INDUSTRIAL INDEMNITY COMPANY, Petitioner, v. INDUSTRIAL ACCIDENT COMMISSION of the State of California, E. W. Simpson and Wayne Endicott, Respondents.
This is a proceeding to review an award of the respondent Commission purporting to reform, and enforce as reformed, a workmen's compensation insurance policy issued by petitioner to respondent E. W. Simpson as of July 1, 1958, so as to make petitioner liable for an award in favor of respondent Wayne Endicott, an employee of Simpson, who suffered industrial injury July 11, 1958. Petitioner challenges the sufficiency of the evidence to sustain the reformation, which consisted in a determination that Endicott was covered by the policy.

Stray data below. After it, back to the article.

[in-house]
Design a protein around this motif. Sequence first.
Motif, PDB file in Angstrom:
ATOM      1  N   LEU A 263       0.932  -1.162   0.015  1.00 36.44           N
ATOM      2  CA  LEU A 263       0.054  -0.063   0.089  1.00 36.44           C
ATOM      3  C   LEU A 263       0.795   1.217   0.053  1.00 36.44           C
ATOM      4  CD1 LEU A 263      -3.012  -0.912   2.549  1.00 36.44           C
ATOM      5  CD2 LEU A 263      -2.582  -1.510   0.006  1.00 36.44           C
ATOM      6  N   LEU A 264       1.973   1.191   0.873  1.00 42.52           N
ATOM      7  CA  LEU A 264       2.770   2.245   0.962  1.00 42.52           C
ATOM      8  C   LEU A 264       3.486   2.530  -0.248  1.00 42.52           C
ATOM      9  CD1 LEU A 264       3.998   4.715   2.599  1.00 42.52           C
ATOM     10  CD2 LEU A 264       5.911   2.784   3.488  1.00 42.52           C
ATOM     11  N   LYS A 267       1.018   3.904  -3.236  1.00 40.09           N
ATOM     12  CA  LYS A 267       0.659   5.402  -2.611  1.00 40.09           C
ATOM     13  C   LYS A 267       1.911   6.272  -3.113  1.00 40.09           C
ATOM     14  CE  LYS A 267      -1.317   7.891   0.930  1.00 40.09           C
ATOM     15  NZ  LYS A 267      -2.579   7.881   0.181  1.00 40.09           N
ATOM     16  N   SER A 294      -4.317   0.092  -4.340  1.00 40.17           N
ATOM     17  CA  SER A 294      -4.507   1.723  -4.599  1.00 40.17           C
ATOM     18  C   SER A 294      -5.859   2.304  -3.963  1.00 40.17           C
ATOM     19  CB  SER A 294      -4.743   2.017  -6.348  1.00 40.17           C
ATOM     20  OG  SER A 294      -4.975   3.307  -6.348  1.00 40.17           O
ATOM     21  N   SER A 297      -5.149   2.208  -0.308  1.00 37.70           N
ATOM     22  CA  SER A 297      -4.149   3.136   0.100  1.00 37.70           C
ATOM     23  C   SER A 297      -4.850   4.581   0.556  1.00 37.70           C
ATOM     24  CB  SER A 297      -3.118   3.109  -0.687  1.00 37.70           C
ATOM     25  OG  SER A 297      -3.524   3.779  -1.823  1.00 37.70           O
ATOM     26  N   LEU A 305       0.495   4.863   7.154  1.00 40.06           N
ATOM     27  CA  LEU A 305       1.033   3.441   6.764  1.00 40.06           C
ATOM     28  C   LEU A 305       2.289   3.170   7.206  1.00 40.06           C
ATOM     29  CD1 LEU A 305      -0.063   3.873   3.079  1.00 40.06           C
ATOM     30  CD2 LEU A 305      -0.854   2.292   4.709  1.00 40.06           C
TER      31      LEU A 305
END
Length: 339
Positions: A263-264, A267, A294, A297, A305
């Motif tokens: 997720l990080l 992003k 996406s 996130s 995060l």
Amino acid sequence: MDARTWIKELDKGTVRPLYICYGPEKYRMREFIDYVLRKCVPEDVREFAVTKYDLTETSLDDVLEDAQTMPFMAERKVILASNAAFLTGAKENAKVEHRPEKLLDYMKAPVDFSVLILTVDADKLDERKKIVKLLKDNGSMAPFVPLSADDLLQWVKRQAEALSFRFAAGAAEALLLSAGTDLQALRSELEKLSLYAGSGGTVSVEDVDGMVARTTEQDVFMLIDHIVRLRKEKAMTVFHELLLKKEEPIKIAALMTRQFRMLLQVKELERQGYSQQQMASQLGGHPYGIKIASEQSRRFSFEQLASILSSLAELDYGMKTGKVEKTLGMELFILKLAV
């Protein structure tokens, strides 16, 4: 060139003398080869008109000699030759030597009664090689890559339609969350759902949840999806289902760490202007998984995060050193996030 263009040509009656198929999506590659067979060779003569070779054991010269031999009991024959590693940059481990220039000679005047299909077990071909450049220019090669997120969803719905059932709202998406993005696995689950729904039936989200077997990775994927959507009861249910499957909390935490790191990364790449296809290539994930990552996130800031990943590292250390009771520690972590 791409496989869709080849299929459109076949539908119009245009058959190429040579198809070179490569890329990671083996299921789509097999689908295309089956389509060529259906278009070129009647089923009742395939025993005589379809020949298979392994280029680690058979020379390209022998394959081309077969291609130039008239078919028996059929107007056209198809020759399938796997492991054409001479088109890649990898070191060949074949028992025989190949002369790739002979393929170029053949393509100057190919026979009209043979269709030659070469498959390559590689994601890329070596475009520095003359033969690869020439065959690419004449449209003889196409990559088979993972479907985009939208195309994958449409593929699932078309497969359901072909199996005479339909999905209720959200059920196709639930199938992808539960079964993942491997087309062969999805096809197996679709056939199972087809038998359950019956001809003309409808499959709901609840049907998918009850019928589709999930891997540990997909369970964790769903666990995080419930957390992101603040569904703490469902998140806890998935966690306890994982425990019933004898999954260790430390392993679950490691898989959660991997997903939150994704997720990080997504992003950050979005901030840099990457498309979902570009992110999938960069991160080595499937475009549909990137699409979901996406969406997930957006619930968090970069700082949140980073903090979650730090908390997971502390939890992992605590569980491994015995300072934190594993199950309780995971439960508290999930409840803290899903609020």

The evidence presents little, if any, conflict upon the issue as to coverage. That policy contained a clause excluding from coverage any relative of the employer or the employer's spouse unless named in the policy as not excluded. Endicott was Simpson's brother-in-law, being a brother of Simpson's wife and his name did not appear. Petitioner had for many years been Simpson's insurer against liability for workmen's compensation. The first policy referred to in the record was issued in 1947 and contained, as did all the succeeding policies, a standard provision excluding relatives unless specifically named in the policy. The policies were renewed year by year as of July 1st. Not only did the policies contain the specific relatives' exclusion provisions but they also contained a space for the designation of included relatives, and affixed to each policy as issued was a conspicuous yellow sticker calling attention to the exclusion clause. The first relative to be designated as covered by the policy was the father of respondent Simpson, whose name at the request of Simpson was added to the policy issued in 1947. Later, again at the written request of Simpson, his father's name was excluded. Applicant Endicott's name was added to the then current policy by endorsement December 7, 1949 at the request of Simpson. When that policy was renewed he was named in the policy as a covered relative. During the life of that policy his name was deleted pursuant to an endorsement effective October 6, 1950. On January 31, 1951, petitioner, on request, again included Endicott by endorsement. Applicant was named as a covered relative in the 1951–1952 policy, and in the 1952–1953 policy, but he was not named as a covered relative in the 1953–1954 policy and there appeared on that policy in the space provided for exceptions to the relatives' exclusion clause the words ‘No Exceptions'. The final audit of the petitioner with respect to the 1952–1953 policy showed that no payroll was reported or premium collected with respect to Endicott, and on July 20, 1953, Simpson reported that Endicott was no longer his employee. With respect to subsequent policies, including the one reformed, Endicott was not shown as a covered relative, and each policy indicated no exceptions to the relatives' exclusion clause. It appears without conflict that during this period after expiration of the 1952–1953 policy, Endicott was not an employee of Simpson at any time until March of 1958, and in fact for most of that period was outside the State of California. In summation, it can be stated from the record that he had never been listed as a covered relative in the policies since the 1952–1953 policy and was not listed in the policy in force on the date of his injury. Endicott was re-employed by Simpson in March of 1958 and he continued to be employed up to the time of his injury. No notice was given petitioner of his reemployment until after the occurrence of his injury and the making of his claim.